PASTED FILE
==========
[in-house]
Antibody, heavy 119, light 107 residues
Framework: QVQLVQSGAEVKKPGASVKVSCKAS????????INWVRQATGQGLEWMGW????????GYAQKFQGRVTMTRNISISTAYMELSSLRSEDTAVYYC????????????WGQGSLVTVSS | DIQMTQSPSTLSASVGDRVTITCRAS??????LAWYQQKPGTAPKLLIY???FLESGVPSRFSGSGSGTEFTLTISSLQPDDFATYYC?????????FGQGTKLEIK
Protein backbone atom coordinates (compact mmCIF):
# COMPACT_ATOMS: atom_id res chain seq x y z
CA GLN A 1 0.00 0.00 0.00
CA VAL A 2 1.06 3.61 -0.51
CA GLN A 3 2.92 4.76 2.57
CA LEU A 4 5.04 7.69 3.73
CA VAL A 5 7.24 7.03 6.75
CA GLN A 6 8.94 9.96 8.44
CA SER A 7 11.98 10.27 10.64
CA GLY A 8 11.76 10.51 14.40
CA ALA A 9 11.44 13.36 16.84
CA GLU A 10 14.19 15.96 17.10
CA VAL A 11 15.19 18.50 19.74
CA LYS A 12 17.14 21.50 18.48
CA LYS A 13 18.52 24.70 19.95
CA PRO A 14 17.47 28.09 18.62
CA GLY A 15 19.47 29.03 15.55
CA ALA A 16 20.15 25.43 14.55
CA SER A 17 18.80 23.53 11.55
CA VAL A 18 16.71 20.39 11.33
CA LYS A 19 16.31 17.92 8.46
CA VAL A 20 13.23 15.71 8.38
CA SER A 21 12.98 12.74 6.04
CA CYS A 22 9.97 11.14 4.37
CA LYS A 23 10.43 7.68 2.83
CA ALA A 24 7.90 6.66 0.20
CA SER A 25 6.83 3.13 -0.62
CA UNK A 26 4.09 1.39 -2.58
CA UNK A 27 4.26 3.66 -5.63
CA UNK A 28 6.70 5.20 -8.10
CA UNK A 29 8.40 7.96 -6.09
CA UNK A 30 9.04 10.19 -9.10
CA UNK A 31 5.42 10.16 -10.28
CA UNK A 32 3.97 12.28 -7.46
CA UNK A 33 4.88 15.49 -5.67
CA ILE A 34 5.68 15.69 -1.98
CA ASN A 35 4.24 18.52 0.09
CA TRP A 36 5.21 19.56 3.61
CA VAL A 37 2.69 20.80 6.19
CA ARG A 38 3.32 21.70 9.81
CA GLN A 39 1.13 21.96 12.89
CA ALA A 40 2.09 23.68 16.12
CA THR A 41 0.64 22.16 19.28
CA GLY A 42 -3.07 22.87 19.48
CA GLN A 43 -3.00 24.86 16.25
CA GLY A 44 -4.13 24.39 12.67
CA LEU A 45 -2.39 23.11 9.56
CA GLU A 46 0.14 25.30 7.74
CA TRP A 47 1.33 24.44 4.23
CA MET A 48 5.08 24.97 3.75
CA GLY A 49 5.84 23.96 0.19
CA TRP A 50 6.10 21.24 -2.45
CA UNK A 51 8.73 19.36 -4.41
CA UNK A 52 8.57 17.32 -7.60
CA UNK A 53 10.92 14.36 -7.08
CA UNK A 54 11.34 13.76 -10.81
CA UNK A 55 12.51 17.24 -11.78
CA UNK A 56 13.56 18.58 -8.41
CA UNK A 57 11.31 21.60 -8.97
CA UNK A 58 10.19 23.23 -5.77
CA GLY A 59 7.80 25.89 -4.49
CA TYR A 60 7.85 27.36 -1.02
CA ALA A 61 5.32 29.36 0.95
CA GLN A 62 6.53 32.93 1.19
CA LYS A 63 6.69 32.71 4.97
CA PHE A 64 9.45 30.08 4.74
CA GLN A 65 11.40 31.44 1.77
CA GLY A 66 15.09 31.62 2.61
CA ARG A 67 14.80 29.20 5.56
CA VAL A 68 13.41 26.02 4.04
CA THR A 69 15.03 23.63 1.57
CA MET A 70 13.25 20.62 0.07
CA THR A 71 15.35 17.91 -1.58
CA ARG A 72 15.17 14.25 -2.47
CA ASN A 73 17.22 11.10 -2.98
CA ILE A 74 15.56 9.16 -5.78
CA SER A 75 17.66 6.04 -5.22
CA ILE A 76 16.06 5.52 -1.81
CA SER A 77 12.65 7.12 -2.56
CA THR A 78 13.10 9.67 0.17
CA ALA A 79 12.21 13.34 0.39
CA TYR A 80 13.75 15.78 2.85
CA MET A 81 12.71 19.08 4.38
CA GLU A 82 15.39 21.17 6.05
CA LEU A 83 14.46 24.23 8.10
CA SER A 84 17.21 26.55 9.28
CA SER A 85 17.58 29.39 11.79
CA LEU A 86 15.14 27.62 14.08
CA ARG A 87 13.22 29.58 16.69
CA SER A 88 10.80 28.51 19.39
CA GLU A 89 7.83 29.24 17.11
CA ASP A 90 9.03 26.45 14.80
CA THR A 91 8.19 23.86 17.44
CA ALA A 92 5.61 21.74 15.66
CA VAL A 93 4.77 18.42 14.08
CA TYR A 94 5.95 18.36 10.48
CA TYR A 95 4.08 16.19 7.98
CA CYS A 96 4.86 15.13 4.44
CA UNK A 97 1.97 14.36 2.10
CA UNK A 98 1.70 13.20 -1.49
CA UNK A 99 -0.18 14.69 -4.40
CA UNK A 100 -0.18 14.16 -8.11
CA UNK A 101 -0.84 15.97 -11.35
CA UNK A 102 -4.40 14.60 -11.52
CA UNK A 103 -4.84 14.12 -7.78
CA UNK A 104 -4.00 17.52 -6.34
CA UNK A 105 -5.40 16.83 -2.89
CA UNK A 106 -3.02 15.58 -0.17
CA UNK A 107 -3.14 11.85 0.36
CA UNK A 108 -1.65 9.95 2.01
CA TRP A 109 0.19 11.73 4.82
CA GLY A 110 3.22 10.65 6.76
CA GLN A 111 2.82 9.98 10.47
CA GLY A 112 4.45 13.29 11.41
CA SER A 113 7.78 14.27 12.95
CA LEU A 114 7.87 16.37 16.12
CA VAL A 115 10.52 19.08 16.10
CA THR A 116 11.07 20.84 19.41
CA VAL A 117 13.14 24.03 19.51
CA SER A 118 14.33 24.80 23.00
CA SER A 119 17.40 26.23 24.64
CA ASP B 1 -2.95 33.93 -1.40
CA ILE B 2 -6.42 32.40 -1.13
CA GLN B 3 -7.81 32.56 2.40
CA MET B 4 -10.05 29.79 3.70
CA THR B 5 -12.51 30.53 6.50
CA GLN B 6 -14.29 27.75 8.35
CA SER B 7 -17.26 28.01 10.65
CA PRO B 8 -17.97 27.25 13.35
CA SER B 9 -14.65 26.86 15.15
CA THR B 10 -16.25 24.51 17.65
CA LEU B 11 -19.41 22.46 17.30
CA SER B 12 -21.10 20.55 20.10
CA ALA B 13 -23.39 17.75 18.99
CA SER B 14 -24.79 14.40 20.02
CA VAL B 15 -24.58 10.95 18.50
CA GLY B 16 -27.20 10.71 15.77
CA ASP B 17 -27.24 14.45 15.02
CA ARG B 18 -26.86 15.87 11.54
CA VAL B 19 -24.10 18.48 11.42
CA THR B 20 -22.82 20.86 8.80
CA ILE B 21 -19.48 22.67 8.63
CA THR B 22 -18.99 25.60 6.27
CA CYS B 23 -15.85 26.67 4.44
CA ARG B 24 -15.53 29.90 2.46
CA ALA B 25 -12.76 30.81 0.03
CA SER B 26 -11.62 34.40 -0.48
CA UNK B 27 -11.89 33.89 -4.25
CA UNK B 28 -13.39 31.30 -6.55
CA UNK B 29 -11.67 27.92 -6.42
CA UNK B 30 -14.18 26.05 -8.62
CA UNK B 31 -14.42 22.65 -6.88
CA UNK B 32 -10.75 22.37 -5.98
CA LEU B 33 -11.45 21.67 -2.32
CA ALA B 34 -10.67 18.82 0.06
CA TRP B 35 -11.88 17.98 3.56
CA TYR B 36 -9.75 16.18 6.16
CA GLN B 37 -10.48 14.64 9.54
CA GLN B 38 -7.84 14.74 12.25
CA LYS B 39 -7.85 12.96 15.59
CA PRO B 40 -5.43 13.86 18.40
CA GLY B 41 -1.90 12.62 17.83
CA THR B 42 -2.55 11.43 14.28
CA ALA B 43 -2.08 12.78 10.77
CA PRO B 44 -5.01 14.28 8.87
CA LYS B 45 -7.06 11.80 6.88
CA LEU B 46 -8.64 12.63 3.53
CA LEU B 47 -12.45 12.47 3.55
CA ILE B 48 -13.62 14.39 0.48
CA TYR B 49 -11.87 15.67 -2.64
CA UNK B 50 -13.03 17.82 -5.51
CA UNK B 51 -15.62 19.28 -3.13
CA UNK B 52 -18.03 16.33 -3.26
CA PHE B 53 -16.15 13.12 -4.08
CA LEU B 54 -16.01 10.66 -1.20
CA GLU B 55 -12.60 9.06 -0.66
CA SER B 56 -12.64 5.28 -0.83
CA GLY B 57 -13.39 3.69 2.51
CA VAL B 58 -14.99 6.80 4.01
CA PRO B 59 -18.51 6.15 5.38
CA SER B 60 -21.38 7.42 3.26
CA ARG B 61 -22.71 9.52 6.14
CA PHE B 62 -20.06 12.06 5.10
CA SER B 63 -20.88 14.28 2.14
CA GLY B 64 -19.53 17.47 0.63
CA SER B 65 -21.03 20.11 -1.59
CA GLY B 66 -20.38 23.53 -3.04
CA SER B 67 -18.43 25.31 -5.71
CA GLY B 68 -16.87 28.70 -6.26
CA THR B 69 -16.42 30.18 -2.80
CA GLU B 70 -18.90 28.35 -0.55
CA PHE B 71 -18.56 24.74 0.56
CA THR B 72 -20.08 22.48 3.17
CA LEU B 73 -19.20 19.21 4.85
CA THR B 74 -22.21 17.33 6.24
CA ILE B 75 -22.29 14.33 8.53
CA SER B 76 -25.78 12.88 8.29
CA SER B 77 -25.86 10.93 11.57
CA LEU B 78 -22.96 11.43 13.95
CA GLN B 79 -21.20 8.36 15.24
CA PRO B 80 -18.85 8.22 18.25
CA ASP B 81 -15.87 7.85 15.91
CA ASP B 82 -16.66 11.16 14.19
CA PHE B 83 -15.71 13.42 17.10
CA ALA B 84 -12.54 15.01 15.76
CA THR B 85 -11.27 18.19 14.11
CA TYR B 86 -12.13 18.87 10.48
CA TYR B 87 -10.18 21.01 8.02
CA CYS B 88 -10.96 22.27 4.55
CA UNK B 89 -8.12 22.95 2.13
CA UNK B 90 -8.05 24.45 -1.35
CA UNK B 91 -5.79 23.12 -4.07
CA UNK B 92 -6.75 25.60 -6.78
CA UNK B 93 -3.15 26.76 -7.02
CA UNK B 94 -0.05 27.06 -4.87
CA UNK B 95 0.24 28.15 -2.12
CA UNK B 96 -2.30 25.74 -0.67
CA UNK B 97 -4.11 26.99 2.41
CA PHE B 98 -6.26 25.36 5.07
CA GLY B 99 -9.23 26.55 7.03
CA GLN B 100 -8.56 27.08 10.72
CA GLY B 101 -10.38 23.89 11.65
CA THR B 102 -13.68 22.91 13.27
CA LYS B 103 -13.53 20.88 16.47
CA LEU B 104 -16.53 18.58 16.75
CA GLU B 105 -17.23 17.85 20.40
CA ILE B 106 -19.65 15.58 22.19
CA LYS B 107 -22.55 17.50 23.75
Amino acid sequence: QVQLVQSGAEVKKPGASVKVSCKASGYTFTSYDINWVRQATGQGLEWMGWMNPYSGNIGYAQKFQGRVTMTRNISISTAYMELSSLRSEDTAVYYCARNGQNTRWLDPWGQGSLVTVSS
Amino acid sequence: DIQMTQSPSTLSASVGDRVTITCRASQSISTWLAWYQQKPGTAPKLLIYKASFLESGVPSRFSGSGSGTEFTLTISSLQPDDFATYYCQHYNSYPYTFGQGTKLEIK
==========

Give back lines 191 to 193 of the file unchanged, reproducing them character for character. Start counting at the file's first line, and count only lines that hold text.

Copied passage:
CA SER B 67 -18.43 25.31 -5.71
CA GLY B 68 -16.87 28.70 -6.26
CA THR B 69 -16.42 30.18 -2.80